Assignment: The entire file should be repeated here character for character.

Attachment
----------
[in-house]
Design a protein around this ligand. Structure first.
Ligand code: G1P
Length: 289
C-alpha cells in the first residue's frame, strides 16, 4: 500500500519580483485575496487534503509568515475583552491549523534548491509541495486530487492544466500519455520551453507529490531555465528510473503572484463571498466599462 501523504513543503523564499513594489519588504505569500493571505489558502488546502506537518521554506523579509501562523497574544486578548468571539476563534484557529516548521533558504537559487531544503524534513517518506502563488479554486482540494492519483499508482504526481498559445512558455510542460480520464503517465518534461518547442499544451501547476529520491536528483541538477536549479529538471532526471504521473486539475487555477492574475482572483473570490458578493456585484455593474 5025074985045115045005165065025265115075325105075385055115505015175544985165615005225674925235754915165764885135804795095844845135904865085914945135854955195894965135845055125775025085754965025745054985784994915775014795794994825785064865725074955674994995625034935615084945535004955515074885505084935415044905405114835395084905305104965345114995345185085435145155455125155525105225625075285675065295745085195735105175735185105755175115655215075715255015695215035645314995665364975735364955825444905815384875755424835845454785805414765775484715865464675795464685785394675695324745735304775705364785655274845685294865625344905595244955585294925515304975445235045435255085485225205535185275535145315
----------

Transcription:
[in-house]
Design a protein around this ligand. Structure first.
Ligand code: G1P
Length: 289
C-alpha cells in the first residue's frame, strides 16, 4: 500500500519580483485575496487534503509568515475583552491549523534548491509541495486530487492544466500519455520551453507529490531555465528510473503572484463571498466599462 501523504513543503523564499513594489519588504505569500493571505489558502488546502506537518521554506523579509501562523497574544486578548468571539476563534484557529516548521533558504537559487531544503524534513517518506502563488479554486482540494492519483499508482504526481498559445512558455510542460480520464503517465518534461518547442499544451501547476529520491536528483541538477536549479529538471532526471504521473486539475487555477492574475482572483473570490458578493456585484455593474 5025074985045115045005165065025265115075325105075385055115505015175544985165615005225674925235754915165764885135804795095844845135904865085914945135854955195894965135845055125775025085754965025745054985784994915775014795794994825785064865725074955674994995625034935615084945535004955515074885505084935415044905405114835395084905305104965345114995345185085435145155455125155525105225625075285675065295745085195735105175735185105755175115655215075715255015695215035645314995665364975735364955825444905815384875755424835845454785805414765775484715865464675795464685785394675695324745735304775705364785655274845685294865625344905595244955585294925515304975445235045435255085485225205535185275535145315